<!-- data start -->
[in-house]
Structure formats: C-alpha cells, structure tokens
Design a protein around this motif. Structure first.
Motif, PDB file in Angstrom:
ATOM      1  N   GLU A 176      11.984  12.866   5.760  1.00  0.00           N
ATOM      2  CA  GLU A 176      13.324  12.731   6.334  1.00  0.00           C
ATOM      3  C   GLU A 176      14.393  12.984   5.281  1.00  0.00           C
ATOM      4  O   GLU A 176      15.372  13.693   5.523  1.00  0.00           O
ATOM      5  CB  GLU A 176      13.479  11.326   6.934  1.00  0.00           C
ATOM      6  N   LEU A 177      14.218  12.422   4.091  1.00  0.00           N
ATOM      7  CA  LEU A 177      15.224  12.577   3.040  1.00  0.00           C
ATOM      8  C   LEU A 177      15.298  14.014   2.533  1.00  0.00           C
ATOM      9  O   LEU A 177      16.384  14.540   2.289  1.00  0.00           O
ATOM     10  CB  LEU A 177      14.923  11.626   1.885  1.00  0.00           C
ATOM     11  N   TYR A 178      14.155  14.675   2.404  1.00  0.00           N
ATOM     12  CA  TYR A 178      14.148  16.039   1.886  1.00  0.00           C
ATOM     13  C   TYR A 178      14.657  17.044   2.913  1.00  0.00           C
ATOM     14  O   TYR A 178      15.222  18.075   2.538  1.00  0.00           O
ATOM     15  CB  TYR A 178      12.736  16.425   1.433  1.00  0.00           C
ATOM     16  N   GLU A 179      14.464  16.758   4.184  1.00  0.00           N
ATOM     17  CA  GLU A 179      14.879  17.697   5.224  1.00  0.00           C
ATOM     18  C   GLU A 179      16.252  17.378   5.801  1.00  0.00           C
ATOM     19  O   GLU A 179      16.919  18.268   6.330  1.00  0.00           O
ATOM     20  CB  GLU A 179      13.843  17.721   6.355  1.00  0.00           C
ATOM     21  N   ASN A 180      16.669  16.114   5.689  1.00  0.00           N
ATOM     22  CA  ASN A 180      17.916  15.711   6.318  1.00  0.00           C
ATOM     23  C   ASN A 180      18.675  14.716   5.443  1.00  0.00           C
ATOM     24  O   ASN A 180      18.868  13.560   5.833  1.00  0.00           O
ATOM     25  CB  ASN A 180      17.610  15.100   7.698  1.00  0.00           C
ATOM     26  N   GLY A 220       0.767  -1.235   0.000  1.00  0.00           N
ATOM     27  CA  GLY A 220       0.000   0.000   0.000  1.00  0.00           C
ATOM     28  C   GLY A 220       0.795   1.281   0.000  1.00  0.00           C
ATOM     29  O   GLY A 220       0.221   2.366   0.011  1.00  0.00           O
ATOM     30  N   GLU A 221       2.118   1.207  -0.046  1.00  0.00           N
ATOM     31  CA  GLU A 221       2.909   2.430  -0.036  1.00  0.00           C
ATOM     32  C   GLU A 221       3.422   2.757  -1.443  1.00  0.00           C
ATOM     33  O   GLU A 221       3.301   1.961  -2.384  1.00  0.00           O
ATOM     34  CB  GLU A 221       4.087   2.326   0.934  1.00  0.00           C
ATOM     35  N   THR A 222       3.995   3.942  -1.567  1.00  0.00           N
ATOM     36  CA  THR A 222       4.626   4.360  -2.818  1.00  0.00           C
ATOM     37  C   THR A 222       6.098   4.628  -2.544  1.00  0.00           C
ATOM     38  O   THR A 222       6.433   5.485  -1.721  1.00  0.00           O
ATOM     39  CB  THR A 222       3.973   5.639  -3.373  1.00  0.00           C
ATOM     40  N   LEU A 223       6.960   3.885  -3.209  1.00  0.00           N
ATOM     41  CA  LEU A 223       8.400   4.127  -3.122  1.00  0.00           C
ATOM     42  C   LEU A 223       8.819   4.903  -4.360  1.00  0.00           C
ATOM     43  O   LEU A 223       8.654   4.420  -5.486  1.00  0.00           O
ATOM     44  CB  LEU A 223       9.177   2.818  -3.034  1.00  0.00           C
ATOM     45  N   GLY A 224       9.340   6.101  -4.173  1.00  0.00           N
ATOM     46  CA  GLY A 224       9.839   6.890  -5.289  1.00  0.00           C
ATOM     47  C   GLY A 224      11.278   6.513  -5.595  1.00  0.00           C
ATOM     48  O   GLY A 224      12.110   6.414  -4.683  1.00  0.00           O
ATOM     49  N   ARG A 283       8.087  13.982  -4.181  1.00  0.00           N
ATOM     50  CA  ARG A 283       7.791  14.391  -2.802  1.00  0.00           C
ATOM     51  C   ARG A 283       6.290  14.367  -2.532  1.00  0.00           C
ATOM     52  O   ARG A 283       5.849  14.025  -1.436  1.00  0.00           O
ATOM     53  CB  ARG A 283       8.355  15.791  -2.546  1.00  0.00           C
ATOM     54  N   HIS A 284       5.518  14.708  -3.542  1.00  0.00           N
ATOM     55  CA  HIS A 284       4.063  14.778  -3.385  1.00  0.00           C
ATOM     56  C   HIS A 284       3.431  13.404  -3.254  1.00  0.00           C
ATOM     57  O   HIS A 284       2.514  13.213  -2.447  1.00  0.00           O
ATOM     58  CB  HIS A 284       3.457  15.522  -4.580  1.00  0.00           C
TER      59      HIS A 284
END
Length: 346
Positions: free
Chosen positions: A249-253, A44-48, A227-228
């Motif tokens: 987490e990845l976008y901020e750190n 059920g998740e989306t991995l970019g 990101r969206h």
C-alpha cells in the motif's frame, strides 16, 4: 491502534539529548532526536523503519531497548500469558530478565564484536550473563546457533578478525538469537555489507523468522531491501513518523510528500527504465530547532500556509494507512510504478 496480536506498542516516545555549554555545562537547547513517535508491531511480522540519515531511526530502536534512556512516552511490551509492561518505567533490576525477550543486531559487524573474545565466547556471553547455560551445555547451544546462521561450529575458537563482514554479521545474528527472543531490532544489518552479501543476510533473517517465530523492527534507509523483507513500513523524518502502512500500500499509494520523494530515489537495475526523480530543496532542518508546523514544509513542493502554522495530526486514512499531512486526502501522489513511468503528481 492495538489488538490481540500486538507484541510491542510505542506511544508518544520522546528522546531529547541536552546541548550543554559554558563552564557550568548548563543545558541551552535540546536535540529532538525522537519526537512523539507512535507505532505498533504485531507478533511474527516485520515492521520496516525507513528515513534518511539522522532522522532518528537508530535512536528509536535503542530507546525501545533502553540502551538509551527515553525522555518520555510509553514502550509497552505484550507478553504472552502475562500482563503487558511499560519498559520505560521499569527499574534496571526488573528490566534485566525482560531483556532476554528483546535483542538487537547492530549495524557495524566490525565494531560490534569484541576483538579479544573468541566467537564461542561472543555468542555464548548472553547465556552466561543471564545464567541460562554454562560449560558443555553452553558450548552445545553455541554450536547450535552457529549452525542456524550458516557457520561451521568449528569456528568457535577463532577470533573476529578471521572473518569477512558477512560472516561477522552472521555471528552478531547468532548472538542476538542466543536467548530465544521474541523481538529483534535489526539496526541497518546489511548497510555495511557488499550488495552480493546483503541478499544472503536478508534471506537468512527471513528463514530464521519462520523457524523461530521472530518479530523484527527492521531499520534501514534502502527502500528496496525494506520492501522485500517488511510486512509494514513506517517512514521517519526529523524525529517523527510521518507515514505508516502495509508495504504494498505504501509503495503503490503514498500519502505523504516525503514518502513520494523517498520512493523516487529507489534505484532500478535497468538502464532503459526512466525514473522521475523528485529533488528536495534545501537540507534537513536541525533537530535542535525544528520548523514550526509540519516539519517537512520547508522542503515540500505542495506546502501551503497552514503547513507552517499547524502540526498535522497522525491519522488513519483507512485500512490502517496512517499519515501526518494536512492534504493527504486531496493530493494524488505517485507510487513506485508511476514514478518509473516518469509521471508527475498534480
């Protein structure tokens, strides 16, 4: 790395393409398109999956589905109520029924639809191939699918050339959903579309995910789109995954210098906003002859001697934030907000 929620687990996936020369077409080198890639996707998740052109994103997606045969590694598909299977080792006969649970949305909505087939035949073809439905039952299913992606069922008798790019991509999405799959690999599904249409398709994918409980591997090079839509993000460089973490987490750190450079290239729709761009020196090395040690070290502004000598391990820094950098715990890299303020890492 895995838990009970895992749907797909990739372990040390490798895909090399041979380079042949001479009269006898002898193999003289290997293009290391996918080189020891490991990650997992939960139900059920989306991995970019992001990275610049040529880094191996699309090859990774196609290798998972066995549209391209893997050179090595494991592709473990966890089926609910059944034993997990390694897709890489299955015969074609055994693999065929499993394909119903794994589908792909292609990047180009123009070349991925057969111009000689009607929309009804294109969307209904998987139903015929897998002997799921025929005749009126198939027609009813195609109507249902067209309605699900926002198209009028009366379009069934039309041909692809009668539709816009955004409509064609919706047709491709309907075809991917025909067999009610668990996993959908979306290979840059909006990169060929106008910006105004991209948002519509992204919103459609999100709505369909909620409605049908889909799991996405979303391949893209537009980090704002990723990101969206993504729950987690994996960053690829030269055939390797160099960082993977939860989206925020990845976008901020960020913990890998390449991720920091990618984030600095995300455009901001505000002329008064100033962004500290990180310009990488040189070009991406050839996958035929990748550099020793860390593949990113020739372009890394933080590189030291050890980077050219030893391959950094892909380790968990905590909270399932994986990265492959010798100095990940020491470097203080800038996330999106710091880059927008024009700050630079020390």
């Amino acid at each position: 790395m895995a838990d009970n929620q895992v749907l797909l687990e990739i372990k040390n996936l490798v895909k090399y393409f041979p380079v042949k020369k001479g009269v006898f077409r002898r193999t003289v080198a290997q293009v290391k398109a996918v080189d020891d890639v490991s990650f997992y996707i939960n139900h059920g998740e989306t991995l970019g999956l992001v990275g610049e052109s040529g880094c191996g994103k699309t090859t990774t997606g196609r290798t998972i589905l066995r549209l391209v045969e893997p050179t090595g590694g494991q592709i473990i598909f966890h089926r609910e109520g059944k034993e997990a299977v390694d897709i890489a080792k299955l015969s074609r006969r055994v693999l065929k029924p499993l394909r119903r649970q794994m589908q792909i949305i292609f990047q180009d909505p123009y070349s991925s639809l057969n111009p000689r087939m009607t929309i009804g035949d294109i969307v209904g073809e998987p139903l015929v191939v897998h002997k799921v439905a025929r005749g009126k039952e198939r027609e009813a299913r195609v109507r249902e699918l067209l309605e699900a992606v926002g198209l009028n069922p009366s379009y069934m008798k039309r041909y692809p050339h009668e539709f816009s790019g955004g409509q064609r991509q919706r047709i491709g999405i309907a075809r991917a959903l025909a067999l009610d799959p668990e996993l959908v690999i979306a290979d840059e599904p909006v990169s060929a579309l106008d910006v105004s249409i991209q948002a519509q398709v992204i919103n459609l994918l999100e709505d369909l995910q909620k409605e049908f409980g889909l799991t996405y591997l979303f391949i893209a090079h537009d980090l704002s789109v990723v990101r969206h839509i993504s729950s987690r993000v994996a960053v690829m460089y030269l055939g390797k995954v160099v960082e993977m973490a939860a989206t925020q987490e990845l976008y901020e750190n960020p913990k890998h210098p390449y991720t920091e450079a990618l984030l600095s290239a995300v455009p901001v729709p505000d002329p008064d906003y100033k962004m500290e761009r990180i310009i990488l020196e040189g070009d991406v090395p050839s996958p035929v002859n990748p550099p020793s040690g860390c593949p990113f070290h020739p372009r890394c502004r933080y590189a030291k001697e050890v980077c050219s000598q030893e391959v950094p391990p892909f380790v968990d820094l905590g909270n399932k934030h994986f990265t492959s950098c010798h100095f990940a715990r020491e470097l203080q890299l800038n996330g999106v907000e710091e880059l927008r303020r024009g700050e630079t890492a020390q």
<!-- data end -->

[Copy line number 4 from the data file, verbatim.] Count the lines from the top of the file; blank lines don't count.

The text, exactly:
Motif, PDB file in Angstrom: